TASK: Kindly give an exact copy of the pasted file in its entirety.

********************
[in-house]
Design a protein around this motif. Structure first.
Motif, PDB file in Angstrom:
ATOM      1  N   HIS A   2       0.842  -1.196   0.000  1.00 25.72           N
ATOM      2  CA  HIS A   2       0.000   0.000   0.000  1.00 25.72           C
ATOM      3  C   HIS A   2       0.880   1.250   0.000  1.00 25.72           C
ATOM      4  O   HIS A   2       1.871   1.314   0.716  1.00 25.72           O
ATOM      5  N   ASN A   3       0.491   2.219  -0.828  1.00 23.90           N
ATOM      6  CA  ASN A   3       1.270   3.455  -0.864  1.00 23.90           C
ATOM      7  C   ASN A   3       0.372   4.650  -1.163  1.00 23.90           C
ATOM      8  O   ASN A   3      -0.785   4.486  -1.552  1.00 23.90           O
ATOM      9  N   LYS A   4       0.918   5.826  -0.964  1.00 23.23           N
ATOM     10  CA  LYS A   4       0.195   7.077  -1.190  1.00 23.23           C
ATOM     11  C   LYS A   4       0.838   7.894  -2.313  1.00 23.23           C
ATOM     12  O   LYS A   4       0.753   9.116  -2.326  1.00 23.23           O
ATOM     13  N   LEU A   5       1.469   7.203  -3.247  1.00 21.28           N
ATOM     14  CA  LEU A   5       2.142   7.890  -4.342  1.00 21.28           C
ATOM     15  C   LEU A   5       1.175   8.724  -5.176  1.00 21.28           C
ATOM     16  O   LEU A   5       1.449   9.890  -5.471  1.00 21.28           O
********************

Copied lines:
[in-house]
Design a protein around this motif. Structure first.
Motif, PDB file in Angstrom:
ATOM      1  N   HIS A   2       0.842  -1.196   0.000  1.00 25.72           N
ATOM      2  CA  HIS A   2       0.000   0.000   0.000  1.00 25.72           C
ATOM      3  C   HIS A   2       0.880   1.250   0.000  1.00 25.72           C
ATOM      4  O   HIS A   2       1.871   1.314   0.716  1.00 25.72           O
ATOM      5  N   ASN A   3       0.491   2.219  -0.828  1.00 23.90           N
ATOM      6  CA  ASN A   3       1.270   3.455  -0.864  1.00 23.90           C
ATOM      7  C   ASN A   3       0.372   4.650  -1.163  1.00 23.90           C
ATOM      8  O   ASN A   3      -0.785   4.486  -1.552  1.00 23.90           O
ATOM      9  N   LYS A   4       0.918   5.826  -0.964  1.00 23.23           N
ATOM     10  CA  LYS A   4       0.195   7.077  -1.190  1.00 23.23           C
ATOM     11  C   LYS A   4       0.838   7.894  -2.313  1.00 23.23           C
ATOM     12  O   LYS A   4       0.753   9.116  -2.326  1.00 23.23           O
ATOM     13  N   LEU A   5       1.469   7.203  -3.247  1.00 21.28           N
ATOM     14  CA  LEU A   5       2.142   7.890  -4.342  1.00 21.28           C
ATOM     15  C   LEU A   5       1.175   8.724  -5.176  1.00 21.28           C
ATOM     16  O   LEU A   5       1.449   9.890  -5.471  1.00 21.28           O